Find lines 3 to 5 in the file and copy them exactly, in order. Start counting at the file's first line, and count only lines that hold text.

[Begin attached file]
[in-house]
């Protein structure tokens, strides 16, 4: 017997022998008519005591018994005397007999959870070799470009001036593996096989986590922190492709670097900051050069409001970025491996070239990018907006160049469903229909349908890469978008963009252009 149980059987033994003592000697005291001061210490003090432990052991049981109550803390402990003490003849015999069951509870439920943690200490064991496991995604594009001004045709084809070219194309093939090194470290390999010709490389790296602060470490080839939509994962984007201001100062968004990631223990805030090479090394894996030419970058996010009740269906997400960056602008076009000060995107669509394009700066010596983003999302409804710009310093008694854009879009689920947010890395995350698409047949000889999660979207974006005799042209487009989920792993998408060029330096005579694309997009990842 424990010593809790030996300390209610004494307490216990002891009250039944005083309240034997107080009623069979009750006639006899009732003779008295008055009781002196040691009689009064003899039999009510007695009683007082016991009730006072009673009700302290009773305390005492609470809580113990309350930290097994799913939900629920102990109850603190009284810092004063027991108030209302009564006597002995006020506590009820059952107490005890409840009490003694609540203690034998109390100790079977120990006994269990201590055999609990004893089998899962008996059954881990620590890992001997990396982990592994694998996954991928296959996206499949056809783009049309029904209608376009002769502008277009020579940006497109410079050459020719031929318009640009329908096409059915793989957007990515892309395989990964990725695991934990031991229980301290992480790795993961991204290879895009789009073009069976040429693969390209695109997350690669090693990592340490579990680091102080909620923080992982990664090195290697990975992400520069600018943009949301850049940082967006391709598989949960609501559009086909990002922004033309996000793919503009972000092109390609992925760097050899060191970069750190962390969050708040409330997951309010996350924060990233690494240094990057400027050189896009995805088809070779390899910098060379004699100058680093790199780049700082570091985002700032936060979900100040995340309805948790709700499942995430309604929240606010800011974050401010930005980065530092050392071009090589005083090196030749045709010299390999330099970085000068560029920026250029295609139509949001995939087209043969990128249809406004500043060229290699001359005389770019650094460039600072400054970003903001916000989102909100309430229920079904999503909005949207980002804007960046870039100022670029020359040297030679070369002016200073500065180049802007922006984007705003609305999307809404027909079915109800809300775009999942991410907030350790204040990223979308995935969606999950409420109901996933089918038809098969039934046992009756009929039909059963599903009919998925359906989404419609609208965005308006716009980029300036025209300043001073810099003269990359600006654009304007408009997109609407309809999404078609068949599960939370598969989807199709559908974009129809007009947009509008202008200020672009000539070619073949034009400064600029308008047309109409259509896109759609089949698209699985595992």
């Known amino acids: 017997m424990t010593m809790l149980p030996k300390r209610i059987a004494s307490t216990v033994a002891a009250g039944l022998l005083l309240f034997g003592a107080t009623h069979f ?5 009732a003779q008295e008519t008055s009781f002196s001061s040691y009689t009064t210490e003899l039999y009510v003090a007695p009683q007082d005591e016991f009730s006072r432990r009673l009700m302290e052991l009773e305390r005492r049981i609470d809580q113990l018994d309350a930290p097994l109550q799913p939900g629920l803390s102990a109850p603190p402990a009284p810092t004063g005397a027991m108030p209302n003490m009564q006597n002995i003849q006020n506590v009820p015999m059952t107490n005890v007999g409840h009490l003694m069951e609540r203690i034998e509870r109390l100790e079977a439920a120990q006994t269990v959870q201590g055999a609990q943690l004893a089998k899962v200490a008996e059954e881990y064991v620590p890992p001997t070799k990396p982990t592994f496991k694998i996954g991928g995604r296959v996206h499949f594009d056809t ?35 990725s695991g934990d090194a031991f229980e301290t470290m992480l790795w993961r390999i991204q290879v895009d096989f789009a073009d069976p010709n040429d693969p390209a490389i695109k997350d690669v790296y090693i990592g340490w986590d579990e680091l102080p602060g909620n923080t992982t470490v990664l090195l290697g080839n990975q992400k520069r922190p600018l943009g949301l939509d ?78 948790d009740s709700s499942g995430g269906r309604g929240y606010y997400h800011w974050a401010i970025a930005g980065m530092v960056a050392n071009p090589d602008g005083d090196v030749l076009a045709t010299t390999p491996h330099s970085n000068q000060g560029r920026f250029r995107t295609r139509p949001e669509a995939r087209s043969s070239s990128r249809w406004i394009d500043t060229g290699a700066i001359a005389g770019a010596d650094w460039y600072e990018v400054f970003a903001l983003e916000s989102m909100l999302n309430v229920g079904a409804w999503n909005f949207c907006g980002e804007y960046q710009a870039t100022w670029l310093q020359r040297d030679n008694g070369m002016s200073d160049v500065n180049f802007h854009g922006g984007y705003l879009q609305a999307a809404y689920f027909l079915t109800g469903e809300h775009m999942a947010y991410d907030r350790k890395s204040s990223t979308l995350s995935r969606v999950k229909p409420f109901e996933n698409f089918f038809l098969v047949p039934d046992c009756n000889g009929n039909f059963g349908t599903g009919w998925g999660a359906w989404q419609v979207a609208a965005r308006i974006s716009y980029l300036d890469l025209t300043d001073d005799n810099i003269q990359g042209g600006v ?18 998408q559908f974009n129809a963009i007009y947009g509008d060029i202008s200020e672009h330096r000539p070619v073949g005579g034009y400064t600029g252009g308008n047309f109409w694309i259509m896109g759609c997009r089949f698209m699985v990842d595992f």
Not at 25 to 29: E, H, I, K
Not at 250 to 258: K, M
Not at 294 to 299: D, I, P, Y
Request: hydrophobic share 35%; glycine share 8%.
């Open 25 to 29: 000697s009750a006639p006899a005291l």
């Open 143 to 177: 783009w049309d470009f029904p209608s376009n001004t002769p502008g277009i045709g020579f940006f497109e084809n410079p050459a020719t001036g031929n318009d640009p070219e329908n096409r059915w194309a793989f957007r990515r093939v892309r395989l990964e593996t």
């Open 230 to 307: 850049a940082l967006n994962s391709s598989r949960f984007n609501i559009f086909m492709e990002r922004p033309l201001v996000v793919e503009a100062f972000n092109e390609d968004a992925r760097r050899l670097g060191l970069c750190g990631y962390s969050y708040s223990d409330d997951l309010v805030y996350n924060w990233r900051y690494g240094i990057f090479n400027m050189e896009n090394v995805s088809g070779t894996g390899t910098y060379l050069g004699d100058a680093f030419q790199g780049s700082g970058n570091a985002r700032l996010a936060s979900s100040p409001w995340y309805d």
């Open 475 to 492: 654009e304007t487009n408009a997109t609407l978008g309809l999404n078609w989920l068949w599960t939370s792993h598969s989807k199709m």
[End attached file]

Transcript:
């Known amino acids: 017997m424990t010593m809790l149980p030996k300390r209610i059987a004494s307490t216990v033994a002891a009250g039944l022998l005083l309240f034997g003592a107080t009623h069979f ?5 009732a003779q008295e008519t008055s009781f002196s001061s040691y009689t009064t210490e003899l039999y009510v003090a007695p009683q007082d005591e016991f009730s006072r432990r009673l009700m302290e052991l009773e305390r005492r049981i609470d809580q113990l018994d309350a930290p097994l109550q799913p939900g629920l803390s102990a109850p603190p402990a009284p810092t004063g005397a027991m108030p209302n003490m009564q006597n002995i003849q006020n506590v009820p015999m059952t107490n005890v007999g409840h009490l003694m069951e609540r203690i034998e509870r109390l100790e079977a439920a120990q006994t269990v959870q201590g055999a609990q943690l004893a089998k899962v200490a008996e059954e881990y064991v620590p890992p001997t070799k990396p982990t592994f496991k694998i996954g991928g995604r296959v996206h499949f594009d056809t ?35 990725s695991g934990d090194a031991f229980e301290t470290m992480l790795w993961r390999i991204q290879v895009d096989f789009a073009d069976p010709n040429d693969p390209a490389i695109k997350d690669v790296y090693i990592g340490w986590d579990e680091l102080p602060g909620n923080t992982t470490v990664l090195l290697g080839n990975q992400k520069r922190p600018l943009g949301l939509d ?78 948790d009740s709700s499942g995430g269906r309604g929240y606010y997400h800011w974050a401010i970025a930005g980065m530092v960056a050392n071009p090589d602008g005083d090196v030749l076009a045709t010299t390999p491996h330099s970085n000068q000060g560029r920026f250029r995107t295609r139509p949001e669509a995939r087209s043969s070239s990128r249809w406004i394009d500043t060229g290699a700066i001359a005389g770019a010596d650094w460039y600072e990018v400054f970003a903001l983003e916000s989102m909100l999302n309430v229920g079904a409804w999503n909005f949207c907006g980002e804007y960046q710009a870039t100022w670029l310093q020359r040297d030679n008694g070369m002016s200073d160049v500065n180049f802007h854009g922006g984007y705003l879009q609305a999307a809404y689920f027909l079915t109800g469903e809300h775009m999942a947010y991410d907030r350790k890395s204040s990223t979308l995350s995935r969606v999950k229909p409420f109901e996933n698409f089918f038809l098969v047949p039934d046992c009756n000889g009929n039909f059963g349908t599903g009919w998925g999660a359906w989404q419609v979207a609208a965005r308006i974006s716009y980029l300036d890469l025209t300043d001073d005799n810099i003269q990359g042209g600006v ?18 998408q559908f974009n129809a963009i007009y947009g509008d060029i202008s200020e672009h330096r000539p070619v073949g005579g034009y400064t600029g252009g308008n047309f109409w694309i259509m896109g759609c997009r089949f698209m699985v990842d595992f």
Not at 25 to 29: E, H, I, K
Not at 250 to 258: K, M